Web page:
Luxury Melbourne hotel The Royce has reopened to guests following a two-year refurbishment project that aims to “bring the golden age of hospitality back to the city”.

The 94-room art deco hotel – owned by hotel investor and developer, Mazen Tabet – is taking its luxury experience up a notch with a promise that “service will be led with discretion, indulgence will be encouraged, and opulence will be expected.”

Located on the border of the CBD and South Yarra, The Royce is a short drive away from another Tabet property, The Lyall Hotel and Spa which was purchased for AU$30.5 million in December.

The heritage-listed building, originally designed in 1928, was the original home of Rolls Royce in Melbourne. The latest iteration of the hotel pays tribute to that prestigious showroom with 1920s touches including an illuminated porte-cochère for a glamourous arrival experience.

Home to a 24-hour concierge, the hotel lobby features a 14-metre-high curved marble fireplace surrounded by plush furnishings in navy blue and royal purple, with large chandelier hanging from the high ceiling above.

The accommodation offering features 18 spacious suites, each with a unique design, and includes six two-storey loft-suites – formerly the Rolls Royce mechanic workshop – with original cornicing. Each room is complemented by white Italian Carerra marble bathrooms, complete with hand cut glass alcoves.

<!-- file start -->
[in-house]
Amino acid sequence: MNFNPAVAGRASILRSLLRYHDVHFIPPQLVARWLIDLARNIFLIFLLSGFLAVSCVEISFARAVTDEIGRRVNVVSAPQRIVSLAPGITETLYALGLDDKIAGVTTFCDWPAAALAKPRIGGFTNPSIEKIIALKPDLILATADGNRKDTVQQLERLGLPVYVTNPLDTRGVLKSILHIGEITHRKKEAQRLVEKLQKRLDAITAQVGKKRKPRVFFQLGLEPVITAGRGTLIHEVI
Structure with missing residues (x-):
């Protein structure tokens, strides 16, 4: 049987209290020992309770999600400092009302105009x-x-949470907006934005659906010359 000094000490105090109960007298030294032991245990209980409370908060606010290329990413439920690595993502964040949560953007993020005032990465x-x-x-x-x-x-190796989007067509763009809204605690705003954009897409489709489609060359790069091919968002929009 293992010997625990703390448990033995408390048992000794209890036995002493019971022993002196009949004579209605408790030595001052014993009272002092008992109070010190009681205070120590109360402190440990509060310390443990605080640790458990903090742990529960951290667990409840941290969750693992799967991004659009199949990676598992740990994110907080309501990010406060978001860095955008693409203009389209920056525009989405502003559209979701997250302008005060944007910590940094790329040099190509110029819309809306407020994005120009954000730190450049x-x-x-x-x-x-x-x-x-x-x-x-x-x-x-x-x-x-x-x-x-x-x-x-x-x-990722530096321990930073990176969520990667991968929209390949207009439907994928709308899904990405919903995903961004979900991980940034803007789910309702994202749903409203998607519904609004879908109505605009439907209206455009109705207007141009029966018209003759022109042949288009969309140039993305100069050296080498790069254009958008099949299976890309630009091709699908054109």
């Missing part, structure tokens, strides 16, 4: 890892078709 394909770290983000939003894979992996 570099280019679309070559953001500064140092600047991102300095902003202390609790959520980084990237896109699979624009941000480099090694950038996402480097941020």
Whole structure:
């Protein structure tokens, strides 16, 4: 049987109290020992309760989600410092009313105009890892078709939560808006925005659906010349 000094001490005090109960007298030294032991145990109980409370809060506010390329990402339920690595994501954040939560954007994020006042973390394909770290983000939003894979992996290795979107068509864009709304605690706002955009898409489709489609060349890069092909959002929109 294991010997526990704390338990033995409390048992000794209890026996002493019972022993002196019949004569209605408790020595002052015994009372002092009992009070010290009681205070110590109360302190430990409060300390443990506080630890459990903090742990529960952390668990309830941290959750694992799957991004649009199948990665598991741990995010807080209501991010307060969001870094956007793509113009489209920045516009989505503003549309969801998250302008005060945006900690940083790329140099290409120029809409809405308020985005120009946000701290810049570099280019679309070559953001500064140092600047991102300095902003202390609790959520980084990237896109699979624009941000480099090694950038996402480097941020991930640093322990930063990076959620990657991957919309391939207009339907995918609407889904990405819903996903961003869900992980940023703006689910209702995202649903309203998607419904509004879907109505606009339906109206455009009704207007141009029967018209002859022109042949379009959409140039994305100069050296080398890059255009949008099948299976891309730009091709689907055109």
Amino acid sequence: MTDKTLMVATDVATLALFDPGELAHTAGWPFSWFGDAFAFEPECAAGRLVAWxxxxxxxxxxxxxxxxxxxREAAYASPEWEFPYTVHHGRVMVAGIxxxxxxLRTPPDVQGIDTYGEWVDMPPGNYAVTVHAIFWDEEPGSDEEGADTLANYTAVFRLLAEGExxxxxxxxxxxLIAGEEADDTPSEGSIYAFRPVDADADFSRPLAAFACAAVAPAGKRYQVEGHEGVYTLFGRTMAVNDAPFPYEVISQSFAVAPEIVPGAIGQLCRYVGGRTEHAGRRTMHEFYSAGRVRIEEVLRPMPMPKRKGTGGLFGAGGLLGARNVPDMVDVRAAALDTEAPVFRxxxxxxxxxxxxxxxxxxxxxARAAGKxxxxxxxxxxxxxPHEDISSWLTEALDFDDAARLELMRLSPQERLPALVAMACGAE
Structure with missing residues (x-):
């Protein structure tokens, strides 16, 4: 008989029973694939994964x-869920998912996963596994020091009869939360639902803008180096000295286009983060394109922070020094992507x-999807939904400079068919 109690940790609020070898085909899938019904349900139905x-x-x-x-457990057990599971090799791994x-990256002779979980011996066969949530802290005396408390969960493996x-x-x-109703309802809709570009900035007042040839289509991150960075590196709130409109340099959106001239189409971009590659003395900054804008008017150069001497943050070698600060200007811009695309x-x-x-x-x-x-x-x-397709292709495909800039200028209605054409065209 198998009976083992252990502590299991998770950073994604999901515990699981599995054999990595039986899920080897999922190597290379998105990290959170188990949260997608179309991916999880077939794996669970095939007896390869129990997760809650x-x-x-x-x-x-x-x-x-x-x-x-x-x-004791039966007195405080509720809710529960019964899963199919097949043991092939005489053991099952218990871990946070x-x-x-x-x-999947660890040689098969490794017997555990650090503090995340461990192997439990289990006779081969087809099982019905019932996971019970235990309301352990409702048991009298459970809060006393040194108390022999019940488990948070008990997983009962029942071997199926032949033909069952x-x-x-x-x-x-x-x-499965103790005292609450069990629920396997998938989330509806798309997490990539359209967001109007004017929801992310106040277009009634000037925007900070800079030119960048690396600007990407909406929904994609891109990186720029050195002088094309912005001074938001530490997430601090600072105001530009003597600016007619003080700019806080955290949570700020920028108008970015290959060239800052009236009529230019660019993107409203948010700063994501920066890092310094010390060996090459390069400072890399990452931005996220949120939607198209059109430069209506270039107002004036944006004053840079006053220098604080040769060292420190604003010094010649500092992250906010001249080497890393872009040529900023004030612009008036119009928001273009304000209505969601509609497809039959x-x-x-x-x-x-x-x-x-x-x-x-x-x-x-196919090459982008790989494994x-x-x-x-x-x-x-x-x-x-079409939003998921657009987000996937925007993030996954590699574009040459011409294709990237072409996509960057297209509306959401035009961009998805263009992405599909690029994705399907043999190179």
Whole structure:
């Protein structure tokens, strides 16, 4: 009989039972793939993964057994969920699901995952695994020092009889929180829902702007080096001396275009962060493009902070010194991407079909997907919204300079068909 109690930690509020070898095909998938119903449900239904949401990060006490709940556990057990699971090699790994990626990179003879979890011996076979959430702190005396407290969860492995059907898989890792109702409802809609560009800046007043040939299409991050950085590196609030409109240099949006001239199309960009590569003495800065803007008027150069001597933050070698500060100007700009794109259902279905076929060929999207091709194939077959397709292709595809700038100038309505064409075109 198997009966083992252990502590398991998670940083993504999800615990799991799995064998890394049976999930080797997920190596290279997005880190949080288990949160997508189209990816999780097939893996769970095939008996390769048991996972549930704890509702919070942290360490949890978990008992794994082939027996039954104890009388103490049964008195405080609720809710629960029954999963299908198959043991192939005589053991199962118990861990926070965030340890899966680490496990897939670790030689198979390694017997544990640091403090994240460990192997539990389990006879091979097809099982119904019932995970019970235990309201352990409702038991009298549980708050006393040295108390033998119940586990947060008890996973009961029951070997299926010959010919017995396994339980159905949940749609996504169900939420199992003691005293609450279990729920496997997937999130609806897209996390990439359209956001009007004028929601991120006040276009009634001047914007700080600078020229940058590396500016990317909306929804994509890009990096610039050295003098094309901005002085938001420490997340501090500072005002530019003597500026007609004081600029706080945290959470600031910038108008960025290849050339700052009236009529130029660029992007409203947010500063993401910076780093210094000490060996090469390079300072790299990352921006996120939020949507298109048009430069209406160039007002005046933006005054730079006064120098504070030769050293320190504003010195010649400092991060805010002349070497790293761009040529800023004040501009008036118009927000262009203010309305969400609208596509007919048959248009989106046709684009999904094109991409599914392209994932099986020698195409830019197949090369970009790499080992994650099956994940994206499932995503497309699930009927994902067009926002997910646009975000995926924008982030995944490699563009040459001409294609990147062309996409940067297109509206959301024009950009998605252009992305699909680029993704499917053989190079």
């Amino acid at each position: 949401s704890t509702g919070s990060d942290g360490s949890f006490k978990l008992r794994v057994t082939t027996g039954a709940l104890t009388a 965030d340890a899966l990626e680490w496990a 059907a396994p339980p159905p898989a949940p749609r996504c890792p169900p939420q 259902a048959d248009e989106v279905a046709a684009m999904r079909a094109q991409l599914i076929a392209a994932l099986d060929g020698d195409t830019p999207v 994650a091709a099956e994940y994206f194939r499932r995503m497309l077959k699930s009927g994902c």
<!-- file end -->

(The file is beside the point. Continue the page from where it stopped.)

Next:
The hotel’s Showroom Bar offers all-day dining with a selection of British dishes on the menu, while the hotel restaurant – a bright and airy space with delicate botanical wallpaper, imported from Barcelona – welcomes guests to dine inside or outside on the hotel’s terrace.

The hotel’s event spaces include The Royce’s Library, an intimate setting for private events with floor-to-ceiling Zebrano timber bookshelves, and The Ballroom which can welcome up to 120 people. The latter features six grand chandeliers with chrome panelling on the walls inspired by the classic Rolls Royce grill.

The hotel also includes three boardrooms, each named after the iconic businessmen of its past: the Henry Room, the Norris Room and the Kellow Room.